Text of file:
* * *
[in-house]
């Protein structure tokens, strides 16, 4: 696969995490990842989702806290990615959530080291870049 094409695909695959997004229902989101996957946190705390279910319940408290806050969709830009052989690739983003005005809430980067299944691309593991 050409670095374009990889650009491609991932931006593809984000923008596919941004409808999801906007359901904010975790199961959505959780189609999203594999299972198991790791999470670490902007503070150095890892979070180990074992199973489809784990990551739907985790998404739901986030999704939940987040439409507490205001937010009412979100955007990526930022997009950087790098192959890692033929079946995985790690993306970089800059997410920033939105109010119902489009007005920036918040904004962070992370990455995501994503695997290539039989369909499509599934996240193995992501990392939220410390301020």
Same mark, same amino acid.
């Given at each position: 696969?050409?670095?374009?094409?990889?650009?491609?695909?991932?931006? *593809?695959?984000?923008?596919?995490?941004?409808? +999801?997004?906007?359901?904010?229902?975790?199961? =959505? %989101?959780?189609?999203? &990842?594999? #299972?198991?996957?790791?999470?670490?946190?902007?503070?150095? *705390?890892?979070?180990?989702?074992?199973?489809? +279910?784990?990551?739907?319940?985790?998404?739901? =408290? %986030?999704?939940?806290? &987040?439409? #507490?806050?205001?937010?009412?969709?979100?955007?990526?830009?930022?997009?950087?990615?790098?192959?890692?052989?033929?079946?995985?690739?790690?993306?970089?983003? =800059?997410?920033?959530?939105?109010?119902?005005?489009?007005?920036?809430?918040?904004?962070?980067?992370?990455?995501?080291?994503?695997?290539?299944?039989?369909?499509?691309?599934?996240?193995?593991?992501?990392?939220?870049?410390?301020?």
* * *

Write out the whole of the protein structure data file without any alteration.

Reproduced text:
[in-house]
């Protein structure tokens, strides 16, 4: 696969995490990842989702806290990615959530080291870049 094409695909695959997004229902989101996957946190705390279910319940408290806050969709830009052989690739983003005005809430980067299944691309593991 050409670095374009990889650009491609991932931006593809984000923008596919941004409808999801906007359901904010975790199961959505959780189609999203594999299972198991790791999470670490902007503070150095890892979070180990074992199973489809784990990551739907985790998404739901986030999704939940987040439409507490205001937010009412979100955007990526930022997009950087790098192959890692033929079946995985790690993306970089800059997410920033939105109010119902489009007005920036918040904004962070992370990455995501994503695997290539039989369909499509599934996240193995992501990392939220410390301020």
Same mark, same amino acid.
């Given at each position: 696969?050409?670095?374009?094409?990889?650009?491609?695909?991932?931006? *593809?695959?984000?923008?596919?995490?941004?409808? +999801?997004?906007?359901?904010?229902?975790?199961? =959505? %989101?959780?189609?999203? &990842?594999? #299972?198991?996957?790791?999470?670490?946190?902007?503070?150095? *705390?890892?979070?180990?989702?074992?199973?489809? +279910?784990?990551?739907?319940?985790?998404?739901? =408290? %986030?999704?939940?806290? &987040?439409? #507490?806050?205001?937010?009412?969709?979100?955007?990526?830009?930022?997009?950087?990615?790098?192959?890692?052989?033929?079946?995985?690739?790690?993306?970089?983003? =800059?997410?920033?959530?939105?109010?119902?005005?489009?007005?920036?809430?918040?904004?962070?980067?992370?990455?995501?080291?994503?695997?290539?299944?039989?369909?499509?691309?599934?996240?193995?593991?992501?990392?939220?870049?410390?301020?």